Congratulations to these three finalists in the Social Justice Impact category of the 36th Annual Mary Catherine Strobel Volunteer Awards! Vote for your favorite story of service until April 30 at the button below!
Volunteers with Open Table Nashville
John Bull is a longtime volunteer for Open Table Nashville (OTN), an interfaith, grassroots nonprofit that seeks to disrupt cycles of poverty, journey with the marginalized and provide education about issues of homelessness. Whether on the streets, in the woods, under bridges or in encampments, OTN meets Nashville’s homeless population where they are — and no one exemplifies this more than Bull , who assists with outreach efforts day in and day out. In his daily visits to encampments, Bull acts as the eyes and ears for OTN among the unhoused community, providing the supplies they need to survive outside, communicating when the overflow shelter is open, monitoring flood activity and transporting those in need of medical attention. On their own, these actions are vital to humanizing those impacted by homelessness, a population that has grown substantially over the years in number and need. However, to do it the way Bull does – tirelessly, daily and totally ingrained into his routine – is lifesaving.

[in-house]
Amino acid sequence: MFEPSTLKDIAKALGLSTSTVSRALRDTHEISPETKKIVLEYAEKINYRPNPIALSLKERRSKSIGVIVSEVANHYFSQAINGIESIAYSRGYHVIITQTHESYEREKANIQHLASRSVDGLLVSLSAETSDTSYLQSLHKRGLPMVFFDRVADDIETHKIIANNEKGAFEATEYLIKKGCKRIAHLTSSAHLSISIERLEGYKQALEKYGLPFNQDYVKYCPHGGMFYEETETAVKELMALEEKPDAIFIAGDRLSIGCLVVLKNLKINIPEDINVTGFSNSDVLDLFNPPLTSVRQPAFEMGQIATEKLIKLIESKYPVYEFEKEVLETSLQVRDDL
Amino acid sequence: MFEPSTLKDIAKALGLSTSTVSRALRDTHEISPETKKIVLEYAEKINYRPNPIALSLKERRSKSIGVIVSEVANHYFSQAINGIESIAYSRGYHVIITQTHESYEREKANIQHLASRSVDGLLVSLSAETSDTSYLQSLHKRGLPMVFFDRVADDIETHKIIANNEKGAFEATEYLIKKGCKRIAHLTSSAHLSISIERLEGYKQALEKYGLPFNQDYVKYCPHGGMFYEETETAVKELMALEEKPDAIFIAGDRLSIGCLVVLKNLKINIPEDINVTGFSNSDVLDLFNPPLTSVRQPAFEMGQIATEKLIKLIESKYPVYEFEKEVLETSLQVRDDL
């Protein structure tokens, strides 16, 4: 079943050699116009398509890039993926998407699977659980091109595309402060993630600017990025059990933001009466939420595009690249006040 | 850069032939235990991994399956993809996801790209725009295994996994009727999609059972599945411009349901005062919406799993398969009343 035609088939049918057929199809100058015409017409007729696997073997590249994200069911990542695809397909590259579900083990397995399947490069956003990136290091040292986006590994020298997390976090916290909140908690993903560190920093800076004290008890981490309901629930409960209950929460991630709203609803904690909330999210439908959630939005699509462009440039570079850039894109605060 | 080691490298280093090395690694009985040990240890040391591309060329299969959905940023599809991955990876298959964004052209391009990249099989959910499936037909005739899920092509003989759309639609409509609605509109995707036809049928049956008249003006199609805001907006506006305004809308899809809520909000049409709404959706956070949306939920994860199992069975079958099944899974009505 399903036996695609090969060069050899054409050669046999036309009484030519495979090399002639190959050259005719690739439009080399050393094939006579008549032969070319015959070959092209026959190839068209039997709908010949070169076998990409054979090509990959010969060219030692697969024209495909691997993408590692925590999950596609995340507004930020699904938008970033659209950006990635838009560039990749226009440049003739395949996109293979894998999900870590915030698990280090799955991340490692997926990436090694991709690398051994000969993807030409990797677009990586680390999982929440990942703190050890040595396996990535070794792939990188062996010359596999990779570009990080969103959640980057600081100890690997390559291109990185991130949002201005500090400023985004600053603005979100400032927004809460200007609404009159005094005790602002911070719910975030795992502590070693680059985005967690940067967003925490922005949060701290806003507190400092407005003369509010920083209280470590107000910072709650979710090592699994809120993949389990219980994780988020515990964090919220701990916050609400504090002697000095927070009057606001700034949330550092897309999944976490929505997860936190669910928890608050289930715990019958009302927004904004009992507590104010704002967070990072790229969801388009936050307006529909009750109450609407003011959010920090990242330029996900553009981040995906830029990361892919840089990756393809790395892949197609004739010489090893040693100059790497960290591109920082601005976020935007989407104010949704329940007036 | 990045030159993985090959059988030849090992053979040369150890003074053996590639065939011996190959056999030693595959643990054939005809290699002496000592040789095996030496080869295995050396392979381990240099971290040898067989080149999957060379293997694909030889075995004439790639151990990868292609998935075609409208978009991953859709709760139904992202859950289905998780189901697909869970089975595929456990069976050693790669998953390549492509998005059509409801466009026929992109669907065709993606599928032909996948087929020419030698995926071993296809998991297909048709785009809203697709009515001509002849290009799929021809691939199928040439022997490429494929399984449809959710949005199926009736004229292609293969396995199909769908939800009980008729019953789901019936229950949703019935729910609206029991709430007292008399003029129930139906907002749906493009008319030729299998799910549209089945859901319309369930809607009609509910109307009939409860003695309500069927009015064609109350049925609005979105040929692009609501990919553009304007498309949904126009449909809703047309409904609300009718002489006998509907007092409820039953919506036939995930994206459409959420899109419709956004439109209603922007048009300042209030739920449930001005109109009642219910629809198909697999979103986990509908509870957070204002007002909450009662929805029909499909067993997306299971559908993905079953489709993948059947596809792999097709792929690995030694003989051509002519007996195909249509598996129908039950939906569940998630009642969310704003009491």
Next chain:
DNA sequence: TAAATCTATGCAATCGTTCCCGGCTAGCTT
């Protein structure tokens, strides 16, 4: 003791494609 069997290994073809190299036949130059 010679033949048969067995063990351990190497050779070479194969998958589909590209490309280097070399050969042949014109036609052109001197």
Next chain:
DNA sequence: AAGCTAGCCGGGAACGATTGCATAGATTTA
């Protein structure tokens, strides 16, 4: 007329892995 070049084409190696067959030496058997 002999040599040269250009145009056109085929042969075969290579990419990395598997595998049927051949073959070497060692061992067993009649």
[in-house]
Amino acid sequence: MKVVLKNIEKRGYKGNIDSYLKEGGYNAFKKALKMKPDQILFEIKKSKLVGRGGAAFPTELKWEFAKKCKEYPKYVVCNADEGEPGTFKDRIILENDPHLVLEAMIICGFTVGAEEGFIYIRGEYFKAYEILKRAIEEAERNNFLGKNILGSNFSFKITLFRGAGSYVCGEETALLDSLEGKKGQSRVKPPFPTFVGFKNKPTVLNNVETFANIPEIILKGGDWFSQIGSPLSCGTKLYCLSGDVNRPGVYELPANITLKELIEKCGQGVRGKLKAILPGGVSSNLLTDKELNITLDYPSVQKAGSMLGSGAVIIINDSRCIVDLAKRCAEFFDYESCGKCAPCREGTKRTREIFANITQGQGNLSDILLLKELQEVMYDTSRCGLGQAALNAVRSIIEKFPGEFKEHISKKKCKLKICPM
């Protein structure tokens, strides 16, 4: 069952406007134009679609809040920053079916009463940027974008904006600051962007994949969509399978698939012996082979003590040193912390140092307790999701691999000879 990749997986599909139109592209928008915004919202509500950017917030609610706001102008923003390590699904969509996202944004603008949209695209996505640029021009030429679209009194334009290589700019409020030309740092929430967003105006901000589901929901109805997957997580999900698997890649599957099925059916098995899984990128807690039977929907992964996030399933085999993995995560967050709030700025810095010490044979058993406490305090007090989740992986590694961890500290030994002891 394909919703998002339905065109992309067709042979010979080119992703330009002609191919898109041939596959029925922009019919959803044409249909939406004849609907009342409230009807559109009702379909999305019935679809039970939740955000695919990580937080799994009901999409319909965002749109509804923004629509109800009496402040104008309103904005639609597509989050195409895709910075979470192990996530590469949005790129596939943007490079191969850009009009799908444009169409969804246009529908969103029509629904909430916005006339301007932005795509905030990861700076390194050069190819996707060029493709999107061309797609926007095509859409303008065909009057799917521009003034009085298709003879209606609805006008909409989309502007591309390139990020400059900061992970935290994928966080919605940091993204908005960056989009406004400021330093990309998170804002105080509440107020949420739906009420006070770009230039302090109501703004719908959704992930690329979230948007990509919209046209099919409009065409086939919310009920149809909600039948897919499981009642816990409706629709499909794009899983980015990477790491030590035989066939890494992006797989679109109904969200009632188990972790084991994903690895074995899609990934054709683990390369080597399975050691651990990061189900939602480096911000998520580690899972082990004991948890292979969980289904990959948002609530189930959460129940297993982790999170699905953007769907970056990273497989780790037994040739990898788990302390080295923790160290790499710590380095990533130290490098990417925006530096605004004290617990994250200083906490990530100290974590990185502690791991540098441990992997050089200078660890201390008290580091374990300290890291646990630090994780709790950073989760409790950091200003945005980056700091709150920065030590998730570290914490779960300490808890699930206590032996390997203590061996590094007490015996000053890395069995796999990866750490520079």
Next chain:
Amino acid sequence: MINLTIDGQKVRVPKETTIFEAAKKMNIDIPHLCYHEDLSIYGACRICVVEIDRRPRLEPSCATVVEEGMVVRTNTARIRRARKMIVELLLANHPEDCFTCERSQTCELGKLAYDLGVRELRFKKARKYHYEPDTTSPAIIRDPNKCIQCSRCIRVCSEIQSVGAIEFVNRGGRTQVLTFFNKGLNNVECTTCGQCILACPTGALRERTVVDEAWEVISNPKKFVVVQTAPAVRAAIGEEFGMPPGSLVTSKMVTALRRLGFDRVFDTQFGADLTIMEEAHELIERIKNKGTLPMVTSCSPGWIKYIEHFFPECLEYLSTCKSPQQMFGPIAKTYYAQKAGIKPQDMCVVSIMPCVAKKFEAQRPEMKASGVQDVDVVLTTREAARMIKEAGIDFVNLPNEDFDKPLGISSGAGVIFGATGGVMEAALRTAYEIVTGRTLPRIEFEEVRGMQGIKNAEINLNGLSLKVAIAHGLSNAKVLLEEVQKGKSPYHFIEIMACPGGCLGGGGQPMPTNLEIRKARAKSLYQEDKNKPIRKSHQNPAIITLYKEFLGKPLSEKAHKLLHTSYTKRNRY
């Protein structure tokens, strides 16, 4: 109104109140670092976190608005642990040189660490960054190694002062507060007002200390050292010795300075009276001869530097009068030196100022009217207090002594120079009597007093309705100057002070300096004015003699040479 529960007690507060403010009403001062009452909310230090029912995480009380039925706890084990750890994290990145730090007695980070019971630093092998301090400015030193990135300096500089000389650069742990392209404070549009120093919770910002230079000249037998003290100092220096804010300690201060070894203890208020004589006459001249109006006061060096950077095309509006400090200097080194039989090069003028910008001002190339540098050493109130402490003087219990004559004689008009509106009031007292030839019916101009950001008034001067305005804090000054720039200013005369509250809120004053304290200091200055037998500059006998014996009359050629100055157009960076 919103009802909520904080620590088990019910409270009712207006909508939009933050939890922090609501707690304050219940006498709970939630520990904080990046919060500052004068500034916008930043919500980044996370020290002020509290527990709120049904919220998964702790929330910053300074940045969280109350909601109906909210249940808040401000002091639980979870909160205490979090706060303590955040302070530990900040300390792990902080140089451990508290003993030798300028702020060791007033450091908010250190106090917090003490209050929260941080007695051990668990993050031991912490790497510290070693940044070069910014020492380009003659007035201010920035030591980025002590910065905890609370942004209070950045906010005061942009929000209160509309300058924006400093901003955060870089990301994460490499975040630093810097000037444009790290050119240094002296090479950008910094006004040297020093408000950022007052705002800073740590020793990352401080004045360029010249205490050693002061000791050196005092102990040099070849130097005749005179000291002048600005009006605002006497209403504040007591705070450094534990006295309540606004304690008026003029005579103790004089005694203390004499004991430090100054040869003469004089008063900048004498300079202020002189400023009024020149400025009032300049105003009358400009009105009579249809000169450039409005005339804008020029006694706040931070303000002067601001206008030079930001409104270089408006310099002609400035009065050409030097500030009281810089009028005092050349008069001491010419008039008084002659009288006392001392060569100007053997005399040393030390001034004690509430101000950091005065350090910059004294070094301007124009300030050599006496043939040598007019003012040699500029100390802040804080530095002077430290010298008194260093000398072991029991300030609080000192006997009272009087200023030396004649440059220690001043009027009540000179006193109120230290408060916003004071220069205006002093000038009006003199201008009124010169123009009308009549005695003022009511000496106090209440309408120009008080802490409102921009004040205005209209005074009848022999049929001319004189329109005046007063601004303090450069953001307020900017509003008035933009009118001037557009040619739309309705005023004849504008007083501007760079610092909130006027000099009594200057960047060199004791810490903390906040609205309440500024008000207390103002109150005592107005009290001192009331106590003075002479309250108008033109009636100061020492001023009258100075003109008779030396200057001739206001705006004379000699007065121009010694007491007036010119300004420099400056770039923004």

Bull ’s efforts extend beyond daily checks. In 2021 and for many years now, he has attended WeGO board meetings, city council meetings and other community meetings to better campaign for accessible resources for the unhoused, the decriminalization of homelessness and affordable housing. He is a one-of-a-kind volunteer who does the direct, daily work while also advocating for sustainable, systemic changes that our city needs.
“John makes a huge difference in so many people’s lives that just need someone to help them access the systems of care that currently are not accessible in our city,” his nominator shared. “They just need someone on their side, and John is this someone for so, so many of our unhoused friends. It is rare to have someone who shows up for our unhoused friends in the capacity he does — always advocating for our friends, never judging, all as an organic, authentic part of his own lifestyle.”
When asked about his nomination, Bull simply said: “We are all in this together.”
Volunteers with Moms Demand Action Tennessee
Linda McFadyen-Ketchum has given almost 50 years of volunteer service to the city of Nashville and the state of Tennessee. As a full-time volunteer activist for national organization Moms Demand Action, she gives a voice and power to those who are impacted by gun violence. In 2013, McFadyen-Ketchum jump-started the organization of Tennessee’s ‘Moms Demand Action for Gun Sense in America’ following the Sandy Hook massacre. Through determination and grassroots leadership, Linda helped grow from a Nashville chapter of five moms to a fully-fledged, nationally recognized organization that includes nine local groups statewide.